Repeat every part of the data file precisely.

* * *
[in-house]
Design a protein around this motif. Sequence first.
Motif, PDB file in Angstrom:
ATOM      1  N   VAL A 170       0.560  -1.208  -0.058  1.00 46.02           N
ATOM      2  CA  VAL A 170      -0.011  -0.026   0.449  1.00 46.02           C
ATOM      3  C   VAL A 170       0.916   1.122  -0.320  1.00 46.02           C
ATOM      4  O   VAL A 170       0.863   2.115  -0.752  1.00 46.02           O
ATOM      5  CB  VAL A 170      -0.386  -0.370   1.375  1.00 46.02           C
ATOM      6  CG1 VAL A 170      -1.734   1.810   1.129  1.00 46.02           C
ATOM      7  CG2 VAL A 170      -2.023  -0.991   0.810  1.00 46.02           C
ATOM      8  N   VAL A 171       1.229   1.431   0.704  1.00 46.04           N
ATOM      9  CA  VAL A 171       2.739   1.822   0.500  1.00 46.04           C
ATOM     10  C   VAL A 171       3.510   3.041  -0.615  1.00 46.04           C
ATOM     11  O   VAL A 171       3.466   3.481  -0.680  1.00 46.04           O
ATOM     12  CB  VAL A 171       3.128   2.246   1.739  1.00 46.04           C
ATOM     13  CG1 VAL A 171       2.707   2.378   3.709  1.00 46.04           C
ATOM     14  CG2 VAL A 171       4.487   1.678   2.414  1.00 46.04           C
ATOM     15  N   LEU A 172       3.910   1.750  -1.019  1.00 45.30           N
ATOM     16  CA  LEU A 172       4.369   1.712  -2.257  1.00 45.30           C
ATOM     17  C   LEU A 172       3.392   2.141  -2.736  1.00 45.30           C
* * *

[in-house]
Design a protein around this motif. Sequence first.
Motif, PDB file in Angstrom:
ATOM      1  N   VAL A 170       0.560  -1.208  -0.058  1.00 46.02           N
ATOM      2  CA  VAL A 170      -0.011  -0.026   0.449  1.00 46.02           C
ATOM      3  C   VAL A 170       0.916   1.122  -0.320  1.00 46.02           C
ATOM      4  O   VAL A 170       0.863   2.115  -0.752  1.00 46.02           O
ATOM      5  CB  VAL A 170      -0.386  -0.370   1.375  1.00 46.02           C
ATOM      6  CG1 VAL A 170      -1.734   1.810   1.129  1.00 46.02           C
ATOM      7  CG2 VAL A 170      -2.023  -0.991   0.810  1.00 46.02           C
ATOM      8  N   VAL A 171       1.229   1.431   0.704  1.00 46.04           N
ATOM      9  CA  VAL A 171       2.739   1.822   0.500  1.00 46.04           C
ATOM     10  C   VAL A 171       3.510   3.041  -0.615  1.00 46.04           C
ATOM     11  O   VAL A 171       3.466   3.481  -0.680  1.00 46.04           O
ATOM     12  CB  VAL A 171       3.128   2.246   1.739  1.00 46.04           C
ATOM     13  CG1 VAL A 171       2.707   2.378   3.709  1.00 46.04           C
ATOM     14  CG2 VAL A 171       4.487   1.678   2.414  1.00 46.04           C
ATOM     15  N   LEU A 172       3.910   1.750  -1.019  1.00 45.30           N
ATOM     16  CA  LEU A 172       4.369   1.712  -2.257  1.00 45.30           C
ATOM     17  C   LEU A 172       3.392   2.141  -2.736  1.00 45.30           C